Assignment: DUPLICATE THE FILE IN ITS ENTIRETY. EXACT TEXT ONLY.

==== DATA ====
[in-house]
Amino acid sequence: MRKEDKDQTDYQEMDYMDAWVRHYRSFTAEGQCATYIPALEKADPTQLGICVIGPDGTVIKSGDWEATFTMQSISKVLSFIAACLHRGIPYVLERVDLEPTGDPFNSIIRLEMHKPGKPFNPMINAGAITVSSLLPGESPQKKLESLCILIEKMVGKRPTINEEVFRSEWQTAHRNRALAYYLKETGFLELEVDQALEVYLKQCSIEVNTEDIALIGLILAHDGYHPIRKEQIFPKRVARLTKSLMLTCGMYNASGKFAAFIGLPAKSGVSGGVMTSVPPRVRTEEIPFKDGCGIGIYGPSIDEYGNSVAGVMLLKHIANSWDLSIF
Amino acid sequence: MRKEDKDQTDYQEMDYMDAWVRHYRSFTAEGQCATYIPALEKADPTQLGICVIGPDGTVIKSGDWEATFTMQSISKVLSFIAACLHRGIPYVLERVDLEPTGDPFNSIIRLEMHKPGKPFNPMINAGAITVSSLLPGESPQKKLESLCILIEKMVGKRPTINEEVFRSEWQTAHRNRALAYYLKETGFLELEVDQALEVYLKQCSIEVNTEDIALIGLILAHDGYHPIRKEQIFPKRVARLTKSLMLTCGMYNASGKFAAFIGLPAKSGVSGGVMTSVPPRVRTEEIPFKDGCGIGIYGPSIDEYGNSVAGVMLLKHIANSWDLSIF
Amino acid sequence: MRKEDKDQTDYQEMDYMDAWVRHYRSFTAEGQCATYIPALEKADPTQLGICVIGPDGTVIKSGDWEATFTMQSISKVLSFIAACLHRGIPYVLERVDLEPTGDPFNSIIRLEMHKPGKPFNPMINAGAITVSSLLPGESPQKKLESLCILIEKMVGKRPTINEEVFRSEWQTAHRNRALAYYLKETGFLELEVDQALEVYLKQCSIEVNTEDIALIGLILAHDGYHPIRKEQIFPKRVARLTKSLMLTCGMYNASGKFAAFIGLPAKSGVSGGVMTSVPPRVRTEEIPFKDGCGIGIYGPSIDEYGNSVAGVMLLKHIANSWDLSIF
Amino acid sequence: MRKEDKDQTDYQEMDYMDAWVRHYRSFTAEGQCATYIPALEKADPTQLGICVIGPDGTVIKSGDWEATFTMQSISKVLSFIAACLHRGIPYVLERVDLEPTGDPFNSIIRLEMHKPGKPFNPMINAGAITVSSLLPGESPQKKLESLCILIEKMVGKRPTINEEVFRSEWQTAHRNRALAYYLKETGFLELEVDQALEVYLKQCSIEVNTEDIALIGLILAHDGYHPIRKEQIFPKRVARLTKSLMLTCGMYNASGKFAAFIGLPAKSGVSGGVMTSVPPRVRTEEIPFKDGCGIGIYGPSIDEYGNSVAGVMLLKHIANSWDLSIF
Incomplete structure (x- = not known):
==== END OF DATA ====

[in-house]
Amino acid sequence: MRKEDKDQTDYQEMDYMDAWVRHYRSFTAEGQCATYIPALEKADPTQLGICVIGPDGTVIKSGDWEATFTMQSISKVLSFIAACLHRGIPYVLERVDLEPTGDPFNSIIRLEMHKPGKPFNPMINAGAITVSSLLPGESPQKKLESLCILIEKMVGKRPTINEEVFRSEWQTAHRNRALAYYLKETGFLELEVDQALEVYLKQCSIEVNTEDIALIGLILAHDGYHPIRKEQIFPKRVARLTKSLMLTCGMYNASGKFAAFIGLPAKSGVSGGVMTSVPPRVRTEEIPFKDGCGIGIYGPSIDEYGNSVAGVMLLKHIANSWDLSIF
Amino acid sequence: MRKEDKDQTDYQEMDYMDAWVRHYRSFTAEGQCATYIPALEKADPTQLGICVIGPDGTVIKSGDWEATFTMQSISKVLSFIAACLHRGIPYVLERVDLEPTGDPFNSIIRLEMHKPGKPFNPMINAGAITVSSLLPGESPQKKLESLCILIEKMVGKRPTINEEVFRSEWQTAHRNRALAYYLKETGFLELEVDQALEVYLKQCSIEVNTEDIALIGLILAHDGYHPIRKEQIFPKRVARLTKSLMLTCGMYNASGKFAAFIGLPAKSGVSGGVMTSVPPRVRTEEIPFKDGCGIGIYGPSIDEYGNSVAGVMLLKHIANSWDLSIF
Amino acid sequence: MRKEDKDQTDYQEMDYMDAWVRHYRSFTAEGQCATYIPALEKADPTQLGICVIGPDGTVIKSGDWEATFTMQSISKVLSFIAACLHRGIPYVLERVDLEPTGDPFNSIIRLEMHKPGKPFNPMINAGAITVSSLLPGESPQKKLESLCILIEKMVGKRPTINEEVFRSEWQTAHRNRALAYYLKETGFLELEVDQALEVYLKQCSIEVNTEDIALIGLILAHDGYHPIRKEQIFPKRVARLTKSLMLTCGMYNASGKFAAFIGLPAKSGVSGGVMTSVPPRVRTEEIPFKDGCGIGIYGPSIDEYGNSVAGVMLLKHIANSWDLSIF
Amino acid sequence: MRKEDKDQTDYQEMDYMDAWVRHYRSFTAEGQCATYIPALEKADPTQLGICVIGPDGTVIKSGDWEATFTMQSISKVLSFIAACLHRGIPYVLERVDLEPTGDPFNSIIRLEMHKPGKPFNPMINAGAITVSSLLPGESPQKKLESLCILIEKMVGKRPTINEEVFRSEWQTAHRNRALAYYLKETGFLELEVDQALEVYLKQCSIEVNTEDIALIGLILAHDGYHPIRKEQIFPKRVARLTKSLMLTCGMYNASGKFAAFIGLPAKSGVSGGVMTSVPPRVRTEEIPFKDGCGIGIYGPSIDEYGNSVAGVMLLKHIANSWDLSIF
Incomplete structure (x- = not known):